Brian L. Frank for NPR/Brian L. Frank for NPR
Throughout human history, eating meat has meant slaughtering animals. But the scientists behind cultured meat say it’s no longer necessary. They produce meat by growing cells extracted from an animal’s body. And, today, the US Department of Agriculture has given its first approvals to sell the meat produced in this way.
GOOD Meat, a division of Eat Just, Inc., announced it has received USDA approval for its first poultry product, cultured chicken, grown directly from animal cells, for sale in the U.S.
“This announcement that we are now able to produce and sell US-grown meat is an important moment for our company, industry and food system,” said Josh Tetrick, co-founder and CEO of GOOD Meat and Eat Just .
GOOD Meat already sells its cultured chicken in Singapore, which in 2020 became the first country to allow the commercial sale of cultured meat.
The USDA has also authorized the sale of UPSIDE Food’s grown chicken. « This represents a historic step, » a waiter, CEO of UPSIDE Foods, based in Berkeley, Calif., told NPR via text message. The company also produces chicken grown directly from animal cells.
UPSIDE will debut a textured chicken product, which tastes very similar to chicken breast and is made up of more than 99 percent chicken cells. I tasted it on a tour of the company’s 70,000-square-foot manufacturing facility in Emeryville, California, where its beef is grown in large stainless steel tanks reminiscent of a brewery.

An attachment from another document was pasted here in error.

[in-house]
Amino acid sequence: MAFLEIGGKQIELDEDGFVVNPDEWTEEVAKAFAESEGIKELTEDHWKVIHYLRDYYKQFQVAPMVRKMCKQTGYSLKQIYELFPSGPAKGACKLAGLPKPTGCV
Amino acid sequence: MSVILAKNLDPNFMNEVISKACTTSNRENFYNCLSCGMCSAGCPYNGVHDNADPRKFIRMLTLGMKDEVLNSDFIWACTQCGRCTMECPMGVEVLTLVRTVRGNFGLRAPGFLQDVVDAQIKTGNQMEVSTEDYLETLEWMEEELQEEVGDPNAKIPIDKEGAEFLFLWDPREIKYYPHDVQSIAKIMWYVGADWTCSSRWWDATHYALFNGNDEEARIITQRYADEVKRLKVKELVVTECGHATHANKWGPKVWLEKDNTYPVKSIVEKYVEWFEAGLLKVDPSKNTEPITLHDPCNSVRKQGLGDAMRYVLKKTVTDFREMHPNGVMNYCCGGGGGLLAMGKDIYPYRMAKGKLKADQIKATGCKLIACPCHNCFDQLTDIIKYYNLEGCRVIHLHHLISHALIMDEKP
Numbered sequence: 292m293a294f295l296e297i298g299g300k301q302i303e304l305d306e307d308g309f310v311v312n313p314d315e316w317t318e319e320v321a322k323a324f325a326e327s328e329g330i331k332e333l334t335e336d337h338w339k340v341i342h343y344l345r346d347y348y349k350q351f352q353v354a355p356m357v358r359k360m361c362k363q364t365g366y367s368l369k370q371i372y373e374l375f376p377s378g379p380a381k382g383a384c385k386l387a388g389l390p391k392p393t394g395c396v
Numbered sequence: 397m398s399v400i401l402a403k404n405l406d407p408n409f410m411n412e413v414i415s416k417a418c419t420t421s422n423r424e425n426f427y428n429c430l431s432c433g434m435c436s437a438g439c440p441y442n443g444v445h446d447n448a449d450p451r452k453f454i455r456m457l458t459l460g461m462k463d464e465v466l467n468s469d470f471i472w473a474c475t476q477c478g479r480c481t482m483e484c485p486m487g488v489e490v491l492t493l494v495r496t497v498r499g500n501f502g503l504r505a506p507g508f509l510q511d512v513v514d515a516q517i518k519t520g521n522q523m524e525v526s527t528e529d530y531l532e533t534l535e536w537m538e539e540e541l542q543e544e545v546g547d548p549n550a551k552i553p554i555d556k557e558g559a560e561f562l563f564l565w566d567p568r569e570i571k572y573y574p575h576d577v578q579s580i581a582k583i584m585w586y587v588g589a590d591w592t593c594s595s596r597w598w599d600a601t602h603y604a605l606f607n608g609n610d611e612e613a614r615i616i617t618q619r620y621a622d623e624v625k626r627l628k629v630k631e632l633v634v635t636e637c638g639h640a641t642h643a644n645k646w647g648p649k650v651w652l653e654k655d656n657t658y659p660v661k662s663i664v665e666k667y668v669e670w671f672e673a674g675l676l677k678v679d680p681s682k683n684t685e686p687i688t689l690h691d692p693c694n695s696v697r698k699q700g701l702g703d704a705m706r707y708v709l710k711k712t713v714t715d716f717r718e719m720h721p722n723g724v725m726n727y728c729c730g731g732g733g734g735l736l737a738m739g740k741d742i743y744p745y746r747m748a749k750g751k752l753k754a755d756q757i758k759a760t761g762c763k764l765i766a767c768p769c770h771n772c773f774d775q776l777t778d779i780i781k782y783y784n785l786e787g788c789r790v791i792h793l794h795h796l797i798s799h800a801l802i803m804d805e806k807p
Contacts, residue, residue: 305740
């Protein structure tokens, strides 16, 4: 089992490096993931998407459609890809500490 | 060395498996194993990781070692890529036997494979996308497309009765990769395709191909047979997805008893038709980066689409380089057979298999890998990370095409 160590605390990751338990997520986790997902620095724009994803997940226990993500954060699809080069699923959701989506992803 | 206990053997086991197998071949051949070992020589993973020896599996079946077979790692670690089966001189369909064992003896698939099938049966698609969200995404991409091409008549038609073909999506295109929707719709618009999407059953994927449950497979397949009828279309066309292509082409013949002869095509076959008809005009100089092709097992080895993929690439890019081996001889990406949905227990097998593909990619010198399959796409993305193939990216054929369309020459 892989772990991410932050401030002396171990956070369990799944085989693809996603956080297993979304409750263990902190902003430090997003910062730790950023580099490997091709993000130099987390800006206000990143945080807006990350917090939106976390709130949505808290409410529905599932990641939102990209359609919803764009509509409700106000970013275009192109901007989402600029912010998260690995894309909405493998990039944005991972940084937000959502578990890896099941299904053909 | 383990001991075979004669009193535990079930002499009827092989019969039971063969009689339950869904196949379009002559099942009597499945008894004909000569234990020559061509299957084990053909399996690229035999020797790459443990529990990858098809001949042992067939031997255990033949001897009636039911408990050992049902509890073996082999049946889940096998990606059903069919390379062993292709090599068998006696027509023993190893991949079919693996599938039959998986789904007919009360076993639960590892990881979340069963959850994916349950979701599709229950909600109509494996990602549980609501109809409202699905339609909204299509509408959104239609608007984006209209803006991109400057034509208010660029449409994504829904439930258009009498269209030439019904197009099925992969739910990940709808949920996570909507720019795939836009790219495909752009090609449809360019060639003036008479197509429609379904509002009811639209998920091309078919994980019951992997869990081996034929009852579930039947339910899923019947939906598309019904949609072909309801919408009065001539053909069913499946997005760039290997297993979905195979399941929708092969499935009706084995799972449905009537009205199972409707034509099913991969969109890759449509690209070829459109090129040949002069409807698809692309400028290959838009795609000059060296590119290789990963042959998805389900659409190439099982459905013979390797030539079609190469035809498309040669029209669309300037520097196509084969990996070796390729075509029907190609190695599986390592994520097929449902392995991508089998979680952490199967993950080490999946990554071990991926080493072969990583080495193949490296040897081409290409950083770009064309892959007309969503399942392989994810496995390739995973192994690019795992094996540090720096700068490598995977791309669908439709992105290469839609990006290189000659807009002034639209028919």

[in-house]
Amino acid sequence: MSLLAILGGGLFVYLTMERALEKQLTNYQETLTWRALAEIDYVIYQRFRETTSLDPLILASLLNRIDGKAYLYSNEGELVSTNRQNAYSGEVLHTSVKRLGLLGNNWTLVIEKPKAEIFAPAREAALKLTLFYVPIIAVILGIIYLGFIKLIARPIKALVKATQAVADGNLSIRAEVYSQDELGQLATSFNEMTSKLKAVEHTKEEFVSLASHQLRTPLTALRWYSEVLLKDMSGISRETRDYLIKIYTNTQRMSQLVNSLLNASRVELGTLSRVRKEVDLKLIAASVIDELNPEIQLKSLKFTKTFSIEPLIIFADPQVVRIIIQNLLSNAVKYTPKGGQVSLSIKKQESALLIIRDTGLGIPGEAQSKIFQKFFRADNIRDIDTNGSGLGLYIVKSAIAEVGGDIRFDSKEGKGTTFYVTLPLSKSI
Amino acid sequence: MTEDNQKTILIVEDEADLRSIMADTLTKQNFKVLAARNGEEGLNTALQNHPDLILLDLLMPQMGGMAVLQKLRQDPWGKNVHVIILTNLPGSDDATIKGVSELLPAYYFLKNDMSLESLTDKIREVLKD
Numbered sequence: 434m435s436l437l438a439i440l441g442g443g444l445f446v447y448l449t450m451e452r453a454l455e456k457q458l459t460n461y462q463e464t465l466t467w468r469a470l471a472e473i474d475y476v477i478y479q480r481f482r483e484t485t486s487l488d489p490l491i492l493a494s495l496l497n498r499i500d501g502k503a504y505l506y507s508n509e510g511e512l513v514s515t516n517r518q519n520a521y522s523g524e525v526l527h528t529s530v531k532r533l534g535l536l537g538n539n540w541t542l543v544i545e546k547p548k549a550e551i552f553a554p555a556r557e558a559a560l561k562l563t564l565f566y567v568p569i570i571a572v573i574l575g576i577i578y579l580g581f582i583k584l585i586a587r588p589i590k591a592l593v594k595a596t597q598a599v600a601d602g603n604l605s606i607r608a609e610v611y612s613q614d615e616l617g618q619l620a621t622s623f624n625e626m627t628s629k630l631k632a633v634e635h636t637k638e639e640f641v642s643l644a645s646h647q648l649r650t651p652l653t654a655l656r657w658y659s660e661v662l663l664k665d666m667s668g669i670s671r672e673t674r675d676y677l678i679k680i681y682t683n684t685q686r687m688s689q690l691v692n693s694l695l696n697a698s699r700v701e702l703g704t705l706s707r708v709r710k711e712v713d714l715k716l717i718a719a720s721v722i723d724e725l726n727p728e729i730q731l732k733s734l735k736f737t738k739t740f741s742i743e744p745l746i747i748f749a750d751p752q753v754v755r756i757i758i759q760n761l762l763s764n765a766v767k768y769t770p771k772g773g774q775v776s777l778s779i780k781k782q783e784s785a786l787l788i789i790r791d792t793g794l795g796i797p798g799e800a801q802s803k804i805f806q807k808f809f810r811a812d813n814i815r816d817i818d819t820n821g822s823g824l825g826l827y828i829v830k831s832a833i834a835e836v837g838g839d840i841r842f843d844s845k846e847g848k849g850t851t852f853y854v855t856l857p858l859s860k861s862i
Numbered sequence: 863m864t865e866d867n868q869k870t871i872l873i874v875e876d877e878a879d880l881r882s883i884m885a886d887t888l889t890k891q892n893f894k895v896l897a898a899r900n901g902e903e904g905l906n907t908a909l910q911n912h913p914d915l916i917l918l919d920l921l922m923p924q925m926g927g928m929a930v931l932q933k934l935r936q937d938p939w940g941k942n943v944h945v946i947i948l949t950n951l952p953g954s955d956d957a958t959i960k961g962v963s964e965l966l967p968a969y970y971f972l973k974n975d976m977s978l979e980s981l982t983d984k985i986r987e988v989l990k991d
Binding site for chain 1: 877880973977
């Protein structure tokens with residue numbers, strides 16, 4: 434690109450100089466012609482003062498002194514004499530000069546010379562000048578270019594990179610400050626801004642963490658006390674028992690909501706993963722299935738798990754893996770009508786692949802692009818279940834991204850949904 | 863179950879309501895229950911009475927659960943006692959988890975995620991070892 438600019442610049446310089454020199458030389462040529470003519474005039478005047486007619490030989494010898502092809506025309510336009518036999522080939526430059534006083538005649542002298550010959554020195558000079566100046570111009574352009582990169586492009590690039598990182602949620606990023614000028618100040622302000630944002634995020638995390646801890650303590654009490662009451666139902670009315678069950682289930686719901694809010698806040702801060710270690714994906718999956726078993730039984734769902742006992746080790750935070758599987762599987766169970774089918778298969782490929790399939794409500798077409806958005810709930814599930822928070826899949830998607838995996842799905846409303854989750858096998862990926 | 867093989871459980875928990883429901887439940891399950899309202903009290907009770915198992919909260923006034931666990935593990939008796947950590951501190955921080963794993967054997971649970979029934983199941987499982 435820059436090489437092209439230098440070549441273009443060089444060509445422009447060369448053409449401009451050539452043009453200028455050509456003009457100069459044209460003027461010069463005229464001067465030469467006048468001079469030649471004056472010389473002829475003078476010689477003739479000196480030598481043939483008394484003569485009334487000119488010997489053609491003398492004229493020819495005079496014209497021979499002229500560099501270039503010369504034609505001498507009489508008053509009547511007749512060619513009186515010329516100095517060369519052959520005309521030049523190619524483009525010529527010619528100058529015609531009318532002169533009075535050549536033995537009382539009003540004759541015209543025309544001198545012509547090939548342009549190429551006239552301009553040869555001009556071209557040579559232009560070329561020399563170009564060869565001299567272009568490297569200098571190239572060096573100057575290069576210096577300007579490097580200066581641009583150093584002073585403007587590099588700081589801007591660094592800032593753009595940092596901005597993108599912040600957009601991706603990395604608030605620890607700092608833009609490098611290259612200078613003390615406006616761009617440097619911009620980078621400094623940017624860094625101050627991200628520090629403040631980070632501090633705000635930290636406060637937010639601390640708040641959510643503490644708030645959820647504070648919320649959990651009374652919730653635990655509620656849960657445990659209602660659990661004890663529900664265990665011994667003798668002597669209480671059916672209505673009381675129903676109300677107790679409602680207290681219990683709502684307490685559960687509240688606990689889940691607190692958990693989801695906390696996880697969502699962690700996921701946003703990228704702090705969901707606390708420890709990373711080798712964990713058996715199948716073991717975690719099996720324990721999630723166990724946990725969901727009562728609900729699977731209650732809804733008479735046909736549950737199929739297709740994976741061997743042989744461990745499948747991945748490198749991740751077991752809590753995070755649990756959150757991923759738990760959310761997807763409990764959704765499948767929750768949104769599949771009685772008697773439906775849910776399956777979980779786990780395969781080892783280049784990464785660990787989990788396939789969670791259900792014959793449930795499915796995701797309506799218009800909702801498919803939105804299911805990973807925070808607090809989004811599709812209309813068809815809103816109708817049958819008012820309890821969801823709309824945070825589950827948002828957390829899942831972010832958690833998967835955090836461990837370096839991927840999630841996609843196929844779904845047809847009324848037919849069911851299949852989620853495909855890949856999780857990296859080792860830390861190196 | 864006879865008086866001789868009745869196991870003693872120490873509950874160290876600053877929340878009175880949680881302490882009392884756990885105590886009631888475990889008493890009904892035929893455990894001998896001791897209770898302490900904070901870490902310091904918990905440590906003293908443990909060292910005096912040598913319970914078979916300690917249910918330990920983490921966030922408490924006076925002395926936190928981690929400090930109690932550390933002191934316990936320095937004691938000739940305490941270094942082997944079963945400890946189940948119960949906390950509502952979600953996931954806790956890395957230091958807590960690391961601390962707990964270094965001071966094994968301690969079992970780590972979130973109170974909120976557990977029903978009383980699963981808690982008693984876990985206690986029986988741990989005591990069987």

I was served a piece of their chicken, stir-fried with a white wine butter sauce. My first reaction: « It’s delicious. » (Isn’t it all in a wine-and-butter sauce?) And the texture was chewy, closely replicating the texture of chicken breast (minus bones and hard bits or gristle.) « It tastes like chicken, » I said, to which Valeti quickly replied: « AND AND chicken! »
Initially, the UPSIDE Food plant can produce approximately 50,000 pounds of meat annually, with plans to expand beyond chicken once this product is launched.
As NPR reported last fall, the U.S. Food and Drug Administration has given the green light to UPSIDE, reporting that its farmed chicken is safe to eat. Last week, the US Department of Agriculture approved UPSIDE’s label and today (Wednesday) the USDA issued an inspection grant, which means the company has authorized the last regulatory hurdle and sales can begin.
« Today’s historic announcement – two US companies gaining regulatory approval to bring cultured meat to US consumers – marks a pivotal moment for food and agriculture, » he says Bruce Friedrichpresident of the Good Food Institute, a nonprofit that tracks investment trends in alternative proteins.
« Consumers are now one giant leap towards enjoying the meat they love without compromise, » says Friedrich, emphasizing that the goal is to give people the taste of meat without slaughtering animals and without the environmental footprint associated with traditional meat production. animal feed. More than 150 cultured meat and seafood companies have raised more than $2.8 billion in investment.